Housing need may rise to 43,000 in Gloucestershire
Up to 43,000 homes may need to be built over the next 20 years in Gloucestershire, an independent review has revealed.
Tewkesbury Borough, Cheltenham Borough and Gloucestershire City councils previously said 16,000 new homes were needed.
But the review states the forecast has gone up from a range of 16,000 to 40,000, to 28,000 to 43,000 new homes.
Councils will decide whether to adopt the new report over the next few weeks.
The review was held after the government asked councils to use new data and methodology to calculate future housing need.
The new methodology brings into account economic growth with as many as 27,000 jobs being created over the next two decades which is part of the reason why the housing need has gone up.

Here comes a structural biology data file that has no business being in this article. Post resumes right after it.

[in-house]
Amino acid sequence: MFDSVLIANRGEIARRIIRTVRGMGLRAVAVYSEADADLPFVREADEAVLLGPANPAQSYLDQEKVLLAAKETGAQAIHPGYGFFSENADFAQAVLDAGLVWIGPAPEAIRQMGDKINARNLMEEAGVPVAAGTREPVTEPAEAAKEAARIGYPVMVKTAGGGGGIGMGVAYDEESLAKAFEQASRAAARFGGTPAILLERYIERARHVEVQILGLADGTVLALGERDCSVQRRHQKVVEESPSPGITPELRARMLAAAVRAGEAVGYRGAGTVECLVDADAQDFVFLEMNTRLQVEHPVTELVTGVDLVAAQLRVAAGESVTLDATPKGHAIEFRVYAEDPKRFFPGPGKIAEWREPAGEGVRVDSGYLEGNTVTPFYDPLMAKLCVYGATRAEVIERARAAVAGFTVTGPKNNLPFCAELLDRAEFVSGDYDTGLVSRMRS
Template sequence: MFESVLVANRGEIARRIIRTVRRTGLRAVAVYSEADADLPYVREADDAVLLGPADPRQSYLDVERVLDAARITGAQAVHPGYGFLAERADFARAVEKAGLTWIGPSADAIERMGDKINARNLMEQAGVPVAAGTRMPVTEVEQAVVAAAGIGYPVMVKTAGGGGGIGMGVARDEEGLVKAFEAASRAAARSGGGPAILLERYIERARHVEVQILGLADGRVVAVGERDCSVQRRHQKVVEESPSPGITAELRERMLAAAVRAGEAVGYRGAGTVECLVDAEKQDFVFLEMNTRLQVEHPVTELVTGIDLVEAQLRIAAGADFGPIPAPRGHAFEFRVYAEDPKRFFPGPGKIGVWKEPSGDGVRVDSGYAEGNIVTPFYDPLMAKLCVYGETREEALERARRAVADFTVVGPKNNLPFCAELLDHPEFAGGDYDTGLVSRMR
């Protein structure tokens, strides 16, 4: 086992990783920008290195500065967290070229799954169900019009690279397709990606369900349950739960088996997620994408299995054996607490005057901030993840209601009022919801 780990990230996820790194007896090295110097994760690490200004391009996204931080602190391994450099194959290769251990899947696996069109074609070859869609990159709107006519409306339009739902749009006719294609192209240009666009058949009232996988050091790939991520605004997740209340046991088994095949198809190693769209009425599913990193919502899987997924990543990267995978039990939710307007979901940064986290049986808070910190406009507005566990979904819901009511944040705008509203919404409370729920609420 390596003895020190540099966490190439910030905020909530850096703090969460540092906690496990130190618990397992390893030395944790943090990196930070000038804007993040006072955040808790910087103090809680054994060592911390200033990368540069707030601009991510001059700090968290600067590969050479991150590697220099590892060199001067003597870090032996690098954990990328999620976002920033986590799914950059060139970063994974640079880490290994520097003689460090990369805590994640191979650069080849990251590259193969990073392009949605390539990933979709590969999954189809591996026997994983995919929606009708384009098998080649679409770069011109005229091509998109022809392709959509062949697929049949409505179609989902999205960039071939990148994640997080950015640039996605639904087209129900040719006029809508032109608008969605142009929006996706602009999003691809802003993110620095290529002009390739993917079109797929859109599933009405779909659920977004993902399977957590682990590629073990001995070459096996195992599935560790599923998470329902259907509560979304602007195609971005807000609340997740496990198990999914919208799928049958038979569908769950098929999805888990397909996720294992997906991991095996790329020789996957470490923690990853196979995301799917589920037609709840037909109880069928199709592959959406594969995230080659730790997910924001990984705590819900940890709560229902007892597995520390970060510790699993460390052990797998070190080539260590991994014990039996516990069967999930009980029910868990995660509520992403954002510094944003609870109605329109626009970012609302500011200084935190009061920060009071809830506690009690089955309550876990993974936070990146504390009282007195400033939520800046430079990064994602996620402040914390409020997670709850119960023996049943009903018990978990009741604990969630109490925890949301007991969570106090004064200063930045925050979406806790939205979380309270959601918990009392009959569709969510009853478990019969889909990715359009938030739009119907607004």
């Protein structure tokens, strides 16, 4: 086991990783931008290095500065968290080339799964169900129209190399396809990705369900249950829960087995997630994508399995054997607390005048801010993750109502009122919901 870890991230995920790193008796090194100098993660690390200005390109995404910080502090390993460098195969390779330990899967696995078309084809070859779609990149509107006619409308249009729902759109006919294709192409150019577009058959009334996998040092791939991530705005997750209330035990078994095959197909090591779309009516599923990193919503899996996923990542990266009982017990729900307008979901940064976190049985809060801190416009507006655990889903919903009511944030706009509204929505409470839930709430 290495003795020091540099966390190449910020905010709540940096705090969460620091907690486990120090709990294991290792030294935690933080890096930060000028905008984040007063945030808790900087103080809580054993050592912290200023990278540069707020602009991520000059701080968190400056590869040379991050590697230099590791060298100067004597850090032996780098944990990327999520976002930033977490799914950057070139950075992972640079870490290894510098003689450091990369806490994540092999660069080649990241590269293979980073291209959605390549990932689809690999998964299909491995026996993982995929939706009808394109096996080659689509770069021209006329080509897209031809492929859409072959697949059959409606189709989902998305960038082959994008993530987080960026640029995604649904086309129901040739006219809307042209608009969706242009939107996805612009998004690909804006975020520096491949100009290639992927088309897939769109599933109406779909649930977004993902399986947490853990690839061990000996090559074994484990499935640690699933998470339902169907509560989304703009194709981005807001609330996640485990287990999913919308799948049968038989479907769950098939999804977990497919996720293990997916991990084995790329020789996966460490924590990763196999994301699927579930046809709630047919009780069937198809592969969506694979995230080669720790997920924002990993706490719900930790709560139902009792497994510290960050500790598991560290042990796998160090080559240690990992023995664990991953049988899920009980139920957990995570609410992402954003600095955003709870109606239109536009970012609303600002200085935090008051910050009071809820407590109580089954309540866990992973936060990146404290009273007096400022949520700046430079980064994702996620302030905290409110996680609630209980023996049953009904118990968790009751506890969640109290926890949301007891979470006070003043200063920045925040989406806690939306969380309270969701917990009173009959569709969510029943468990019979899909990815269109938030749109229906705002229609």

But leader of Cheltenham Borough Council, Steve Jordan, said: "As far I can see, that would mean a 600% increase of what we did have in the past 20 years so how accurate that is going to be I don't know."
Another factor which has resulted in the increase are the likely trends in household size.
"There are assumptions that household size is going to carry on dropping as it has done historically but it seems to be flattening out in reality so we want to understand a bit more about that," said Mr Jordan.
"If you take a population, the amount of people in each house makes a difference to how many houses you might need."
Meetings will be held by each council over the next few weeks to decide the next step, with Cheltenham on 24 September, Gloucester on 27 September and in Tewkesbury on 1 October.
If the figures are accepted by the three councils, public consultations will be held as part of the Joint Core Strategy process.